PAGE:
Sherman does not have standing to bring this vagueness claim. He disputed some of the facts in the case. He denied that he crossed the center line on 112th Street, made a turn onto 85th Street at 45 m.p.h. and left a 40-foot skid mark. He acknowledged he had four to five drinks, that his battery was failing and his lights were flicking on and off, and that he was speeding at least 25 m.p.h. over the speed limit. But he offered no evidence that he was subjectively unaware of and not responsible for the acts he was performing. Thus, even if the jury found his driving only "indicated" a wanton and willful disregard, Sherman presented no evidence to rebut the inference from the manner in which he drove that he actually drove with wanton and willful disregard. He argues only that his driving did not *58 even "indicate" wanton and willful disregard. The trier of fact rejected that argument, however. The statute is absolutely clear that at the very least the manner in which one drives must indicate wanton and willful disregard. While the statute is unclear as to whether it establishes an objective or subjective standard of wanton and willful disregard, Sherman does not have standing to bring this vagueness claim. He presented no evidence to prove that even though his conduct "indicated" wanton and willful disregard, he did not actually have that mental state.[2]

Notwithstanding the above discussion, Sherman raises other due process like claims which require us to examine the meaning of the term "indicating". Sherman argues the statute impermissibly imposes strict liability for an offense that requires proof of intent. Sherman's argument seems to be the language of the statute lacks a culpable mental element, and this type of crime requires such an element. Therefore, the court should require by implication such a mental element. State v. Turner, 78 Wn.2d 276, 474 P.2d 91, 41 A.L.R.3d 493 (1970). Obviously, the statute does contain culpable mental elements. One must "willfully fail to stop" and "attempt to elude."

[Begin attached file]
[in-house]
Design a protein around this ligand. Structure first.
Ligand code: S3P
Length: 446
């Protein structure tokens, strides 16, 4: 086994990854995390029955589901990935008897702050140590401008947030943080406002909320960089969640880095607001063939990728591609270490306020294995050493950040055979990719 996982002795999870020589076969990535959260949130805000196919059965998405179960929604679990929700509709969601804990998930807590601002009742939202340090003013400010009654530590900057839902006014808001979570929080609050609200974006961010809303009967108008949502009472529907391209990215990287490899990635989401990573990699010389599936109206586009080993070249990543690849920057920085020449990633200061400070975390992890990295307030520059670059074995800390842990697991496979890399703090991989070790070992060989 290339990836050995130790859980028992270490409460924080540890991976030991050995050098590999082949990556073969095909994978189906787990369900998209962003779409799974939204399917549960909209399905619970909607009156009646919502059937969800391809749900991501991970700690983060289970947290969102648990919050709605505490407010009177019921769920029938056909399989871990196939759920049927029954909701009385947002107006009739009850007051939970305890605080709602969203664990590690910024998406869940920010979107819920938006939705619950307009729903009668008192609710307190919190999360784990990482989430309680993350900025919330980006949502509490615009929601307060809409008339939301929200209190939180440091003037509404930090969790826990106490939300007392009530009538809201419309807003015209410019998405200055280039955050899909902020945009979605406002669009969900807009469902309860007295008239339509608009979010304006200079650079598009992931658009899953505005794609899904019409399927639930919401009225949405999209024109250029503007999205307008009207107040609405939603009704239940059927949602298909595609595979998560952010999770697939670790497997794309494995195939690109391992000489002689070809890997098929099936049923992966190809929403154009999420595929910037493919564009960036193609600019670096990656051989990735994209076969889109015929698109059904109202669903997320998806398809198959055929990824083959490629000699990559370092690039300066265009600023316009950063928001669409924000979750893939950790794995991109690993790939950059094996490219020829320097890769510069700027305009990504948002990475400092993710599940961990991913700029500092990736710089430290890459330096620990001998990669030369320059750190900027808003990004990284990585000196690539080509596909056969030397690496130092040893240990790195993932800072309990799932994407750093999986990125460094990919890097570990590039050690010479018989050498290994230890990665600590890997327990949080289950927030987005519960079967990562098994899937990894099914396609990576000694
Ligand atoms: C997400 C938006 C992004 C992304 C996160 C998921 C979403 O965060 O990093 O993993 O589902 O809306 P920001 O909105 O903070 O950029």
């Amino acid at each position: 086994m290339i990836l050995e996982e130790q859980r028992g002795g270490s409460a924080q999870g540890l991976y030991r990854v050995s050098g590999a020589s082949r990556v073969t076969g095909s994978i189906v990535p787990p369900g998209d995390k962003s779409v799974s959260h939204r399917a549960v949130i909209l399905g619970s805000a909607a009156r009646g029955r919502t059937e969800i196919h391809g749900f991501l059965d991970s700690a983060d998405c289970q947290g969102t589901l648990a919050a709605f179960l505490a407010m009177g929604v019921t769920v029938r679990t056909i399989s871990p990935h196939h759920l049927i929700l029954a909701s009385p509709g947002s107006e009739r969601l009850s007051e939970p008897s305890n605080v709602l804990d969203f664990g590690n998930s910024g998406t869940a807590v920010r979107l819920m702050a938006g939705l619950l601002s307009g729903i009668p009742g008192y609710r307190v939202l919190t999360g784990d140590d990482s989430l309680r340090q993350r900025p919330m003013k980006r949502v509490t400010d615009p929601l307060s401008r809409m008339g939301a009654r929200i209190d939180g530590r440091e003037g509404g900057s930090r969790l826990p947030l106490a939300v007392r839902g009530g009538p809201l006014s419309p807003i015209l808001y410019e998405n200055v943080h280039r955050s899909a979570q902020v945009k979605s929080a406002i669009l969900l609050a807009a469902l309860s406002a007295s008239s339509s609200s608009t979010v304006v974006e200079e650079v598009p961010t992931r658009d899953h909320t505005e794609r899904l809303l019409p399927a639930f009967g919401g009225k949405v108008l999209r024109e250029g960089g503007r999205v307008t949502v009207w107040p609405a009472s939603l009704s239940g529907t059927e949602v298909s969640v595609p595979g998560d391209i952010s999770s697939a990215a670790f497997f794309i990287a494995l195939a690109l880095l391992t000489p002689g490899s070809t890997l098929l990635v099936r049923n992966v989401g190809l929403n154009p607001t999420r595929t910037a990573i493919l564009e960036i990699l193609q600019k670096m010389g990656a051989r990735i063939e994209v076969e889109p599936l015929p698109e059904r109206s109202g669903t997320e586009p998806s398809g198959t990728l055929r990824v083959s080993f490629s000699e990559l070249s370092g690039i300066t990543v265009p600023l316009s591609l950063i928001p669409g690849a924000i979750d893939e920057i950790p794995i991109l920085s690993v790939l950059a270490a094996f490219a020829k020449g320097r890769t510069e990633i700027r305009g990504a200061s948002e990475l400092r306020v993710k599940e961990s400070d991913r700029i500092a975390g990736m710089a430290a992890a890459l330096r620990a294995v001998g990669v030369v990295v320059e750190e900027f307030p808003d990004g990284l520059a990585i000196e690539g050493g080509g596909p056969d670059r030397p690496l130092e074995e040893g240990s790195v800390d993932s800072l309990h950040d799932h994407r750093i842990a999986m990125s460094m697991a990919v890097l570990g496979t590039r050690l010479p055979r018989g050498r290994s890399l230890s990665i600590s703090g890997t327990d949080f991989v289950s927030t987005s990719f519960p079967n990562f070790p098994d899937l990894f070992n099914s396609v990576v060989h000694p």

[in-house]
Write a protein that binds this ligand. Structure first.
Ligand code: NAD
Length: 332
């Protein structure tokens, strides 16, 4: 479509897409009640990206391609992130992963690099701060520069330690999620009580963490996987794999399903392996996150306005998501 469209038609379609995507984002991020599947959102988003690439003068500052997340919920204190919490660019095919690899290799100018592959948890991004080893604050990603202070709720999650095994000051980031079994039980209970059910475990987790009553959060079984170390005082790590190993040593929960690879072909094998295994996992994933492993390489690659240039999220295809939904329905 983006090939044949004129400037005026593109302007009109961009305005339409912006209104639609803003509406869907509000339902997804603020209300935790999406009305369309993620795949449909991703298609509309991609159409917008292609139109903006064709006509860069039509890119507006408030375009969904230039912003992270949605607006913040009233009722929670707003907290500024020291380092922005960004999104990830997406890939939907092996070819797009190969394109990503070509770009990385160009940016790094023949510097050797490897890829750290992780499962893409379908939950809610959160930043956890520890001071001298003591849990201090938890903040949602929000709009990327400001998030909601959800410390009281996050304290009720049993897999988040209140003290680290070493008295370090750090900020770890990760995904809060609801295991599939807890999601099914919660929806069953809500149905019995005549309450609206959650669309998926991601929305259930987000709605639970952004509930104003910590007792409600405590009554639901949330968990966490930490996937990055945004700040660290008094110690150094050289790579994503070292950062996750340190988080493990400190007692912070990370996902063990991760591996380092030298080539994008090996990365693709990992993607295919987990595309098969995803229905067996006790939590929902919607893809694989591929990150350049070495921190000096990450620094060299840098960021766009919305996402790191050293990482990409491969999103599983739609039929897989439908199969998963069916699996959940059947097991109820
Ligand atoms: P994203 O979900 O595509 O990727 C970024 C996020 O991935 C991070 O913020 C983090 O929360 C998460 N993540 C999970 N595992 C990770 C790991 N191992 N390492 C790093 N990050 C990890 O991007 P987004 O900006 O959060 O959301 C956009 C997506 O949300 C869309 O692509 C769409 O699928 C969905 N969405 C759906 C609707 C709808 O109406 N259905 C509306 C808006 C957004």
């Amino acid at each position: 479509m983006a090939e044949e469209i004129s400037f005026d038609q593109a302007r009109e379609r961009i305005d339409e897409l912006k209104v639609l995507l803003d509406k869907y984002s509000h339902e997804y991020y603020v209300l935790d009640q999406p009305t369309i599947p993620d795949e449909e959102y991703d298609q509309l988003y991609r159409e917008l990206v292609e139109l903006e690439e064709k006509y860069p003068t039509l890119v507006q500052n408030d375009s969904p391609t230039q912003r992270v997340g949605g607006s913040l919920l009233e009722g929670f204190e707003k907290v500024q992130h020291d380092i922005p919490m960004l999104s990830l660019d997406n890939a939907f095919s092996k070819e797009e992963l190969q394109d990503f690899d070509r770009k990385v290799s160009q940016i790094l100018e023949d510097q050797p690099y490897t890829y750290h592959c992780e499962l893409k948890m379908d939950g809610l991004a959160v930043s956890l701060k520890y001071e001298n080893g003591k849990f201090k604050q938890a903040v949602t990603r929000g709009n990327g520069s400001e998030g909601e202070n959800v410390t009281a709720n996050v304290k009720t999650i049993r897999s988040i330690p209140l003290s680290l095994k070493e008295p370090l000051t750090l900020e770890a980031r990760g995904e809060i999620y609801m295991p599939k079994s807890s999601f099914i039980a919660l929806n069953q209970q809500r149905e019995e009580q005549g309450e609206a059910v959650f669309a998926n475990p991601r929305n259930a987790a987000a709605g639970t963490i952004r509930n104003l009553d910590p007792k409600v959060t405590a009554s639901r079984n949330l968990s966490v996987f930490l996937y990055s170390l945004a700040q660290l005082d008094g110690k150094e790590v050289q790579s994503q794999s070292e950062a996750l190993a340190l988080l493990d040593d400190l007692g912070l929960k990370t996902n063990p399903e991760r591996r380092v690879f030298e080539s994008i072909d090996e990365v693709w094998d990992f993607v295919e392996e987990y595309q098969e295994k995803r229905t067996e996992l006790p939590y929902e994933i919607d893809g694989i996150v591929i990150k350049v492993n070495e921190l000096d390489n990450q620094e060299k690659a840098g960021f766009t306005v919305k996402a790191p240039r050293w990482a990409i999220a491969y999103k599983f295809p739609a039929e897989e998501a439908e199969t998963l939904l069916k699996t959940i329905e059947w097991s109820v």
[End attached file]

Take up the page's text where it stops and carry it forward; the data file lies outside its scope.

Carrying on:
The real question is whether driving "in a manner indicating a wanton and wilful disregard" also constitutes a mental element of the crime of felony flight. We conclude this aspect of the statute contains both an objective and subjective component.

[4] The term "indicating" does initially establish an objective inquiry. Generally speaking, a wanton and willful disregard will only be established by circumstantial evidence of the way a defendant drives. In addition, the State is only interested in punishing such a mental state when it *59 is exhibited. A misanthrope may sit quietly in his room feeling wanton and willful disregard for the world, but unless he demonstrates his feelings through conduct or in this statutory context drives "in a manner indicating" his feelings the State is content to let him brood. The language "drives his vehicle in a manner indicating a wanton and wilful disregard" expresses the State's interest in proscribing conduct exhibiting a certain disposition.